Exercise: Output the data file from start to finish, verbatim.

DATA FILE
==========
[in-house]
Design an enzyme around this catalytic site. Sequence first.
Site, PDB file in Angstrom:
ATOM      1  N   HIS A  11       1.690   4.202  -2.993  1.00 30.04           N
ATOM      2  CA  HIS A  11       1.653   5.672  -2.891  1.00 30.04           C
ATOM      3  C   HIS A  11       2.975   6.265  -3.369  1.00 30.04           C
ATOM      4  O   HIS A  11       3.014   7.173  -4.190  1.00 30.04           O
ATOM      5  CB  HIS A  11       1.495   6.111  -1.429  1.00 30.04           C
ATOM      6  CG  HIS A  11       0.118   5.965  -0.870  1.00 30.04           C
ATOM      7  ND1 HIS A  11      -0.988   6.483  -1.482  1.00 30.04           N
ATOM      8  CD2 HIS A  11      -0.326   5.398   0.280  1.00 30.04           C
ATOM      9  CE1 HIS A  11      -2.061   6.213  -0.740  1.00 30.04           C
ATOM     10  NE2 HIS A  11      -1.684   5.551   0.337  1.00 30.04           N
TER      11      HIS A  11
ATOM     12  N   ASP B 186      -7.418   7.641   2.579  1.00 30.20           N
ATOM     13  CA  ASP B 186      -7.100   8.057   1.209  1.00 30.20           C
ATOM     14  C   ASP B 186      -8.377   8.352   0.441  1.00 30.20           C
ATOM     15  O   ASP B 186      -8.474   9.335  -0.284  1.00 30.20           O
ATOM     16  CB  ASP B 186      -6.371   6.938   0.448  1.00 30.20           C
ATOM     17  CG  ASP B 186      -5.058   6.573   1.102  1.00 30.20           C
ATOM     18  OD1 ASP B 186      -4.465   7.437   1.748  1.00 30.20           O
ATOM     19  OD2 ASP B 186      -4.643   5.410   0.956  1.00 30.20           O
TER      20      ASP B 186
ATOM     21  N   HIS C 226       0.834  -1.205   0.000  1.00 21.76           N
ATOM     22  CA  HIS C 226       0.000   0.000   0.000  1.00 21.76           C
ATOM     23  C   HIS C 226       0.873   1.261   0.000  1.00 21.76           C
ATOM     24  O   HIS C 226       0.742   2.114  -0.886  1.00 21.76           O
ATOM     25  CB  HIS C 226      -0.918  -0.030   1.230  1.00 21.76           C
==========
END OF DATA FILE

[in-house]
Design an enzyme around this catalytic site. Sequence first.
Site, PDB file in Angstrom:
ATOM      1  N   HIS A  11       1.690   4.202  -2.993  1.00 30.04           N
ATOM      2  CA  HIS A  11       1.653   5.672  -2.891  1.00 30.04           C
ATOM      3  C   HIS A  11       2.975   6.265  -3.369  1.00 30.04           C
ATOM      4  O   HIS A  11       3.014   7.173  -4.190  1.00 30.04           O
ATOM      5  CB  HIS A  11       1.495   6.111  -1.429  1.00 30.04           C
ATOM      6  CG  HIS A  11       0.118   5.965  -0.870  1.00 30.04           C
ATOM      7  ND1 HIS A  11      -0.988   6.483  -1.482  1.00 30.04           N
ATOM      8  CD2 HIS A  11      -0.326   5.398   0.280  1.00 30.04           C
ATOM      9  CE1 HIS A  11      -2.061   6.213  -0.740  1.00 30.04           C
ATOM     10  NE2 HIS A  11      -1.684   5.551   0.337  1.00 30.04           N
TER      11      HIS A  11
ATOM     12  N   ASP B 186      -7.418   7.641   2.579  1.00 30.20           N
ATOM     13  CA  ASP B 186      -7.100   8.057   1.209  1.00 30.20           C
ATOM     14  C   ASP B 186      -8.377   8.352   0.441  1.00 30.20           C
ATOM     15  O   ASP B 186      -8.474   9.335  -0.284  1.00 30.20           O
ATOM     16  CB  ASP B 186      -6.371   6.938   0.448  1.00 30.20           C
ATOM     17  CG  ASP B 186      -5.058   6.573   1.102  1.00 30.20           C
ATOM     18  OD1 ASP B 186      -4.465   7.437   1.748  1.00 30.20           O
ATOM     19  OD2 ASP B 186      -4.643   5.410   0.956  1.00 30.20           O
TER      20      ASP B 186
ATOM     21  N   HIS C 226       0.834  -1.205   0.000  1.00 21.76           N
ATOM     22  CA  HIS C 226       0.000   0.000   0.000  1.00 21.76           C
ATOM     23  C   HIS C 226       0.873   1.261   0.000  1.00 21.76           C
ATOM     24  O   HIS C 226       0.742   2.114  -0.886  1.00 21.76           O
ATOM     25  CB  HIS C 226      -0.918  -0.030   1.230  1.00 21.76           C